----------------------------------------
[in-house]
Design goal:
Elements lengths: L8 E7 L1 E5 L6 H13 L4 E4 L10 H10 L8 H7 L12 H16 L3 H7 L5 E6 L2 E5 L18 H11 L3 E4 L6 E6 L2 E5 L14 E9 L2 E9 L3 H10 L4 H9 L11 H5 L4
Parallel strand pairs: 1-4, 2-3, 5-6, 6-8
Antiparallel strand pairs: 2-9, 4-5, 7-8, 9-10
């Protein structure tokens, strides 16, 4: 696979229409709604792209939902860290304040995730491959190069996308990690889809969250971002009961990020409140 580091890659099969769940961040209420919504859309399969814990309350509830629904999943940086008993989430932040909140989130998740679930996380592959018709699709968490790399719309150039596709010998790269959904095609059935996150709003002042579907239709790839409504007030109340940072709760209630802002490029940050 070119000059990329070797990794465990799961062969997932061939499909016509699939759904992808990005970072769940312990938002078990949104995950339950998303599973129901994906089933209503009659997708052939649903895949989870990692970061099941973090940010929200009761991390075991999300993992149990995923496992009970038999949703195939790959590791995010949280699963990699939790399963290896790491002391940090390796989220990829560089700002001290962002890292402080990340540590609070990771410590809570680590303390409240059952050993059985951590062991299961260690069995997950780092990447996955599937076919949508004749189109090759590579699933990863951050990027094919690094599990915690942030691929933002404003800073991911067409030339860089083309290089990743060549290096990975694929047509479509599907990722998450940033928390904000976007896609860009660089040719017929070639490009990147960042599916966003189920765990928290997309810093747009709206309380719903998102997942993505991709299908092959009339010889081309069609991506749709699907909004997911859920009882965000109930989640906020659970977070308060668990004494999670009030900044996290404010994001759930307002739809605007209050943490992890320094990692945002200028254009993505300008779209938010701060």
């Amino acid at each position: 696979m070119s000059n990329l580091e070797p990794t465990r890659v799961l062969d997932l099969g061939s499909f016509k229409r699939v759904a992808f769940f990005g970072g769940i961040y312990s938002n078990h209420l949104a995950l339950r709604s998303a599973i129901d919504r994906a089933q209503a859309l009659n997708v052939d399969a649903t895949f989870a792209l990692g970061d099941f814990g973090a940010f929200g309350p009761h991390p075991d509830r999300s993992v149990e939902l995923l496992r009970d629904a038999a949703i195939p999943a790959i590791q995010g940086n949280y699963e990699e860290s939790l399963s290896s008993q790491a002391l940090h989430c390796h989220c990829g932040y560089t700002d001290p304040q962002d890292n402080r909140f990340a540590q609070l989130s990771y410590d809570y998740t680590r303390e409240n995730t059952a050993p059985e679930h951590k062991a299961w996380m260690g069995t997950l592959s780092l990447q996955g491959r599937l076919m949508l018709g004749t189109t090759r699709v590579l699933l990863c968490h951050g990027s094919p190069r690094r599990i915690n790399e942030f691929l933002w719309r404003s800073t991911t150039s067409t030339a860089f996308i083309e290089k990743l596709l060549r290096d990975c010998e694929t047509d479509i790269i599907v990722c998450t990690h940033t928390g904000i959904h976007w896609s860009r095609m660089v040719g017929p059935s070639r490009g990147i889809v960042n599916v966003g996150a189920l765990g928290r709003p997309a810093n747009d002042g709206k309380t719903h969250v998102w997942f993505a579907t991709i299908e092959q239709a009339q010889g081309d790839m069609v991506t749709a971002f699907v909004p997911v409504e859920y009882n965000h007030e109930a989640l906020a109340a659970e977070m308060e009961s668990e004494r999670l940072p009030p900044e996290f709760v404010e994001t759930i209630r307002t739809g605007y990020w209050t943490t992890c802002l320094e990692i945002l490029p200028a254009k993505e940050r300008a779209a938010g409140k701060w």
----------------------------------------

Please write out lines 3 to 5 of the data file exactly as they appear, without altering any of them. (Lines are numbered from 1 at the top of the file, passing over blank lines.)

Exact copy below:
Elements lengths: L8 E7 L1 E5 L6 H13 L4 E4 L10 H10 L8 H7 L12 H16 L3 H7 L5 E6 L2 E5 L18 H11 L3 E4 L6 E6 L2 E5 L14 E9 L2 E9 L3 H10 L4 H9 L11 H5 L4
Parallel strand pairs: 1-4, 2-3, 5-6, 6-8
Antiparallel strand pairs: 2-9, 4-5, 7-8, 9-10